On the bridge, the Admiral was beginning to experience the Slouw reaction. All military installations that had not been wiped out had been rendered useless by the bombardment. Only one missile base had had enough time to fire off its arsenal before being vapourised with a lithium-fusion volley targeted at a nearby city. The response was simple, a single small and fast nuke dispatched into the midst of the volley and detonated, scrambling the onboard navigation systems with an electro-magnetic pulse. It had then been fairly simple for the Fleet computer to hack the nav systems and cause the missiles to be redirected to the nearest undamaged medium-sized Slouw city. Beyond that, the only Slouw response was to use what communications equipment it had left to broadcast desperate messages to the Bring Retribution ships. The Admiral was under the strict instruction of the mission profile not to listen to these messages under any circumstances. He was, however, allowed to watch them with the sound off, and this was the way he entertained himself when the sight of the burning surface became tedious.
He was slightly alarmed and perturbed by one of the things he thought he saw. The scenes of mass destruction and annihilated cities were semi-interesting and quite satisfying in many ways. They appealed to a darker side to his personality. This darker side almost eclipsed the lighter side.
There was, however, something else. One of the messages which he had selected for viewing consisted of a rather panicked-looking Slouw on top of a one-storey building in some burning city. The rather repulsive thing babbled silently away for a while. Halfway through, the camera did a rather shaky pan, presumably to demonstrate the extent of the damage, which was considerable.
During the pan, and only for a second, Kelley could have sworn that he had glimpsed the familiar red and white livery of a Coca-Cola billboard....
He mentioned this, and asked the computer for an explanation. About half a second of 'thought' elapsed; the computer, having considered and rejected - on the grounds of Kelley's apparent lack of sense of humour - referring to 'precious bodily fluids', explained it away with one word: "Coincidence."
Activity elsewhere in the fleet had largely ceased. There was little else to destroy. On board Birmingham, the captain was informed by the Systems Officer that a message was being received from a commercial vessel.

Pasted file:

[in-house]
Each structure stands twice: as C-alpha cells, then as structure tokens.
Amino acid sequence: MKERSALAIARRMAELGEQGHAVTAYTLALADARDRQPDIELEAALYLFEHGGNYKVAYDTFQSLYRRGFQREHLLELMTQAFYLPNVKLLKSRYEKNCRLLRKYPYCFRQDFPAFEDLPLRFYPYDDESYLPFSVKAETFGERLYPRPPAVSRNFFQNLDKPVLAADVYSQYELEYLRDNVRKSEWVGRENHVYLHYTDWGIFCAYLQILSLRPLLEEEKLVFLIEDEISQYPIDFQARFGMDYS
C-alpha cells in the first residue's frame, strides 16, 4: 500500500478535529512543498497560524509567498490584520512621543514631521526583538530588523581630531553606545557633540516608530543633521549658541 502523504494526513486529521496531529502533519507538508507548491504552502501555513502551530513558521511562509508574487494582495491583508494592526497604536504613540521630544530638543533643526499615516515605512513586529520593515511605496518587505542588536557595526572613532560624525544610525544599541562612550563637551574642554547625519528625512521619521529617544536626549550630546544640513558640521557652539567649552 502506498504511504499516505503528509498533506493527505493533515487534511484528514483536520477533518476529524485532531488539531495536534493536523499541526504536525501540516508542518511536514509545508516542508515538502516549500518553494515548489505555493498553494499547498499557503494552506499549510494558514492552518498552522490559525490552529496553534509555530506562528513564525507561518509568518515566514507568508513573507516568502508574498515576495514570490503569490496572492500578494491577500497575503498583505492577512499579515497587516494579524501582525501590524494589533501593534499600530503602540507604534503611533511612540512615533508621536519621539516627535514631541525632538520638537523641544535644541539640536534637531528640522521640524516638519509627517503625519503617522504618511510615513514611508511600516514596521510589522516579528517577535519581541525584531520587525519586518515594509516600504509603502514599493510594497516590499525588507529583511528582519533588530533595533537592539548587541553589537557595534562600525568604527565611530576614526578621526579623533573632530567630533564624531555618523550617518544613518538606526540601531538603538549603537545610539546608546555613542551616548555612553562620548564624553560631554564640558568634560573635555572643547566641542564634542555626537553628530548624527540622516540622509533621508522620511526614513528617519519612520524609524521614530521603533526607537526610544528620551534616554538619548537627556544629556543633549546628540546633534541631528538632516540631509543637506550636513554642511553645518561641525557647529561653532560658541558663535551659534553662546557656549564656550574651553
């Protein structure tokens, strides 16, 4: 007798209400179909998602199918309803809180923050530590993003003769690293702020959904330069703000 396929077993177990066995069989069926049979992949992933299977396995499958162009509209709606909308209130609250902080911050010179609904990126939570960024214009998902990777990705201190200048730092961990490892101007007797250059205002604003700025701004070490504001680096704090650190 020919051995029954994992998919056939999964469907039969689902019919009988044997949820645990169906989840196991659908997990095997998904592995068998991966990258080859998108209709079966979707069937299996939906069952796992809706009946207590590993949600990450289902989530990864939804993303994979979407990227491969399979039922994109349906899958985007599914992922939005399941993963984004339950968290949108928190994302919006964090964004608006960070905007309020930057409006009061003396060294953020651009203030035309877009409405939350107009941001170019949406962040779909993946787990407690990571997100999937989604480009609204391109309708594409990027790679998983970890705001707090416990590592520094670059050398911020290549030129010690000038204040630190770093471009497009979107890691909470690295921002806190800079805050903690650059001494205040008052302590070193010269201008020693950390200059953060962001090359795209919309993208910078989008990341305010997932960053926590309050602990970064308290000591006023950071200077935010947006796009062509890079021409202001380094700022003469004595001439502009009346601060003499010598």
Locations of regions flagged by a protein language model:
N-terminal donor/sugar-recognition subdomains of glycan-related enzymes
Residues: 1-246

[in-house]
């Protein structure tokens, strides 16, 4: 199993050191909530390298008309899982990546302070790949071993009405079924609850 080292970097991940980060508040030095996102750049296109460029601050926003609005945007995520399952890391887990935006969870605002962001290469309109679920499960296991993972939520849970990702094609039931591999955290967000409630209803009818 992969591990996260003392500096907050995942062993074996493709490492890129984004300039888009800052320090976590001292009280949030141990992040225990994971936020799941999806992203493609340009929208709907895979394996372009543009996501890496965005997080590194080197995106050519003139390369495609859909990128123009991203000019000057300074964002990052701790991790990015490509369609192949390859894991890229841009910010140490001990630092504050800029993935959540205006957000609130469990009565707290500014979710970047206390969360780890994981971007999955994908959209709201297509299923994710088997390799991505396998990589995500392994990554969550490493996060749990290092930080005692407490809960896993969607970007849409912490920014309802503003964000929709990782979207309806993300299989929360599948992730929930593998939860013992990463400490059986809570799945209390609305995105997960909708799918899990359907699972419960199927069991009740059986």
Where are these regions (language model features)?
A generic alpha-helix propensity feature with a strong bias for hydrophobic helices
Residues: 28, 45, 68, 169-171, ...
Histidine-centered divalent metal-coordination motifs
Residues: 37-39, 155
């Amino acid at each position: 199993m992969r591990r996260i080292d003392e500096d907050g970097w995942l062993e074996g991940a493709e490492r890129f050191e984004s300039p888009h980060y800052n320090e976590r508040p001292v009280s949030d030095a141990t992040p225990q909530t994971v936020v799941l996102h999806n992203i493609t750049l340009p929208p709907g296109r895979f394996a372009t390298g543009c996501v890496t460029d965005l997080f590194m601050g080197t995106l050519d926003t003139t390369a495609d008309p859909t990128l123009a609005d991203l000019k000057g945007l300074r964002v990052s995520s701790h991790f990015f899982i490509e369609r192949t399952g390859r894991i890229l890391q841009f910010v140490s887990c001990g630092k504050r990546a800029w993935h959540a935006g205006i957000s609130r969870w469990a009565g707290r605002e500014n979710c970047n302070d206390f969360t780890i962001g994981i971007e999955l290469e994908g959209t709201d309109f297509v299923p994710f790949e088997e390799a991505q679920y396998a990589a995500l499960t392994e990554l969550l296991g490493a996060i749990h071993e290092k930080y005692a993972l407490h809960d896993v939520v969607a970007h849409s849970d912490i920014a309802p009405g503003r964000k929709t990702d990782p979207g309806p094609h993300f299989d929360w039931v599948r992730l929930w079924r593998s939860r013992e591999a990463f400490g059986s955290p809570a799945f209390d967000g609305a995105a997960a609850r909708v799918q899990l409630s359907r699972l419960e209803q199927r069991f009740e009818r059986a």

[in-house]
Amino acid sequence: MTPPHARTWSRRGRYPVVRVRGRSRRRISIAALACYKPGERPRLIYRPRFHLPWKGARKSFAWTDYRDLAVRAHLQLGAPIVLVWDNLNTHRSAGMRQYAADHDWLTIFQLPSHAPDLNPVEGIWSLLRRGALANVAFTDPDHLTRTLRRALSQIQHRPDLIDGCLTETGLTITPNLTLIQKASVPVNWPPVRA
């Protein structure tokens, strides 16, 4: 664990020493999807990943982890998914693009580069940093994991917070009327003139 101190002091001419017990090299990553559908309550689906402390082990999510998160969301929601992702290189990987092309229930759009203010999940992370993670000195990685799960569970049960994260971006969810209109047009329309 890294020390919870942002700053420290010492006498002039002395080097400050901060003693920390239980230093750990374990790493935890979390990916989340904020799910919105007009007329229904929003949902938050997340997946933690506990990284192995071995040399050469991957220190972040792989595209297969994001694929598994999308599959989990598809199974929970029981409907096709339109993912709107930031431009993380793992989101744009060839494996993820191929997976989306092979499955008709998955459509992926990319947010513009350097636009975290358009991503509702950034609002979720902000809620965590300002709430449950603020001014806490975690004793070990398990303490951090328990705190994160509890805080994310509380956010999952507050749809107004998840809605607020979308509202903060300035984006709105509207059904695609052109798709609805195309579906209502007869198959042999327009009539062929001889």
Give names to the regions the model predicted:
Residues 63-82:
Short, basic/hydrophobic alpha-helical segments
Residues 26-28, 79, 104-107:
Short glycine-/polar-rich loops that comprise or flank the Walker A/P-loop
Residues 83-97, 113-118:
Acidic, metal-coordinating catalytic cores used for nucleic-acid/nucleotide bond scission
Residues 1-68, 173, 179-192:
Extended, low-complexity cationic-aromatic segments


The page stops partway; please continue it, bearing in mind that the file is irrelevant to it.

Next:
"Well, destroy it."
"Um... well, it seems to be registered to the Microsoft Corporation."
"Yes. It's designator is BGW/1001: William Gates V."
"It must be a trick."
"It doesn't look like it."
"Well, get the message on screen." The captain rather fancied himself disobeying orders, and had resolved to try it some time. Now was that time.
The fat, confused face of a man - a human - in a suit that marked him down as middle-management appeared on the screen. He began to speak.
"This is Herbert P Watkins, Sales Department, Microsoft Corporation (Slouw)." The man had clearly been trained to pronounce the parentheses. "Can you tell us what the fuck is going on here? We have a lot of worried customers down there. Computer systems aren't standing up very well under all this crap you're throwing at them." This, of course, was the intention of much of the bombardment.
Captain Smith felt duty bound to reply. "This is Captain Matthew Smith of UNSS Birmingham, taking part in Operation Bring Retribution. Please explain yourself."
But it was too late for that. A salvo from Karlsruhr had vapourised BGW/1001 in short order. Smith was perplexed, but continued to follow the mission profile. The incident did not seem worth reporting.
"Admiral Kelley" the computer, normally frustratingly chirpy, now sounded oddly grave.
"Computer?" Kelley said wearily. It had been a busy hour, carving his name on the face of history. "Is there some serious problem? Can it wait?"
"As part of my operational parameters, I have been monitoring all human communications traffic. There has been considerably more than I anticipated."
Kelley grew irritated. A breach in protocol had been committed somewhere. "All ships were instructed to keep traffic to the absolute base functional minimum"
"The majority of this traffic is coming from human ships outside Operation Bring Retribution" the computer said. Kelley allowed this to truly sink in.
"Oh?" he said "Really?"
"There are - were, until recently - quite a few of these ships"
"That was not something we had anticipated" Kelley said "In fact, it isn't possible and therefore does not require consideration. We have been travelling at top speed for twenty-five years. Nothing could have overtaken us."
"The spin put on events by these ships is intriguing," the Computer said "And may interest you."
"Then proceed" Kelley said, cautiously.
"They refer to an Overspace drive of some sort that is in the region of two hundred times faster than our Underspace drives. They also claim that since the launch of Operation Bring Reconciliation by the Slouw twenty years ago, Humanity and the Slouw have been at peace."
Kelley began to feel ill, but felt that, at least, his place in history was assured.
Thousands of kilometres beneath his feet, the first influenza spores were settling on the glowing embers of a hundred thousand Slouw cities.
Copyright (c) 1997 Chris Lightfoot and Will Wiles. All Rights Reserved.